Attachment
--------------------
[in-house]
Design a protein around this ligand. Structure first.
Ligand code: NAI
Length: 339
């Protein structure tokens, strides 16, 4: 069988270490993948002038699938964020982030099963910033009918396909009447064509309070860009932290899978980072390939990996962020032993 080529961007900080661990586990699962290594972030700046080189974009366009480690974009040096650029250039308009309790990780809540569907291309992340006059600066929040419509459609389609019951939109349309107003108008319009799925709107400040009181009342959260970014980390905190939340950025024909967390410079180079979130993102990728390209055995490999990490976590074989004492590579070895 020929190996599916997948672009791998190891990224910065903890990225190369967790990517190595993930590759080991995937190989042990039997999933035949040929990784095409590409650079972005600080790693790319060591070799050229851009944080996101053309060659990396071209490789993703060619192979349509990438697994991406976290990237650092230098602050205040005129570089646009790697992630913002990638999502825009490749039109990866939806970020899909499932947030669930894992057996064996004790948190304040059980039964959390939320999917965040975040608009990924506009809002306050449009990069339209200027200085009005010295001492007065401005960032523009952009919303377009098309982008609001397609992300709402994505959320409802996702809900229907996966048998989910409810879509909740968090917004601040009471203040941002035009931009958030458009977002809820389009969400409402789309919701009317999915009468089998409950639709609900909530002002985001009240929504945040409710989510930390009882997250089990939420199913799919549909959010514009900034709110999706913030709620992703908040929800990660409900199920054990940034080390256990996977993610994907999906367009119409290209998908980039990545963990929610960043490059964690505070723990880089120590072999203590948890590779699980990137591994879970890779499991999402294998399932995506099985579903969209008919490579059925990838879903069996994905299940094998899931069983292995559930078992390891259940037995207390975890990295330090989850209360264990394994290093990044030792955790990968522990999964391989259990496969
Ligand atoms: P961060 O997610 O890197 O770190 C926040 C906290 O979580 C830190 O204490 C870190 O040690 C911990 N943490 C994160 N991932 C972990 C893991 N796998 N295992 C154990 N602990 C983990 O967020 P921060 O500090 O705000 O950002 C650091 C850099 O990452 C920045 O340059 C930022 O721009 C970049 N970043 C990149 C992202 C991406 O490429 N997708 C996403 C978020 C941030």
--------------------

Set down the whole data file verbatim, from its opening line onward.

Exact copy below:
[in-house]
Design a protein around this ligand. Structure first.
Ligand code: NAI
Length: 339
């Protein structure tokens, strides 16, 4: 069988270490993948002038699938964020982030099963910033009918396909009447064509309070860009932290899978980072390939990996962020032993 080529961007900080661990586990699962290594972030700046080189974009366009480690974009040096650029250039308009309790990780809540569907291309992340006059600066929040419509459609389609019951939109349309107003108008319009799925709107400040009181009342959260970014980390905190939340950025024909967390410079180079979130993102990728390209055995490999990490976590074989004492590579070895 020929190996599916997948672009791998190891990224910065903890990225190369967790990517190595993930590759080991995937190989042990039997999933035949040929990784095409590409650079972005600080790693790319060591070799050229851009944080996101053309060659990396071209490789993703060619192979349509990438697994991406976290990237650092230098602050205040005129570089646009790697992630913002990638999502825009490749039109990866939806970020899909499932947030669930894992057996064996004790948190304040059980039964959390939320999917965040975040608009990924506009809002306050449009990069339209200027200085009005010295001492007065401005960032523009952009919303377009098309982008609001397609992300709402994505959320409802996702809900229907996966048998989910409810879509909740968090917004601040009471203040941002035009931009958030458009977002809820389009969400409402789309919701009317999915009468089998409950639709609900909530002002985001009240929504945040409710989510930390009882997250089990939420199913799919549909959010514009900034709110999706913030709620992703908040929800990660409900199920054990940034080390256990996977993610994907999906367009119409290209998908980039990545963990929610960043490059964690505070723990880089120590072999203590948890590779699980990137591994879970890779499991999402294998399932995506099985579903969209008919490579059925990838879903069996994905299940094998899931069983292995559930078992390891259940037995207390975890990295330090989850209360264990394994290093990044030792955790990968522990999964391989259990496969
Ligand atoms: P961060 O997610 O890197 O770190 C926040 C906290 O979580 C830190 O204490 C870190 O040690 C911990 N943490 C994160 N991932 C972990 C893991 N796998 N295992 C154990 N602990 C983990 O967020 P921060 O500090 O705000 O950002 C650091 C850099 O990452 C920045 O340059 C930022 O721009 C970049 N970043 C990149 C992202 C991406 O490429 N997708 C996403 C978020 C941030």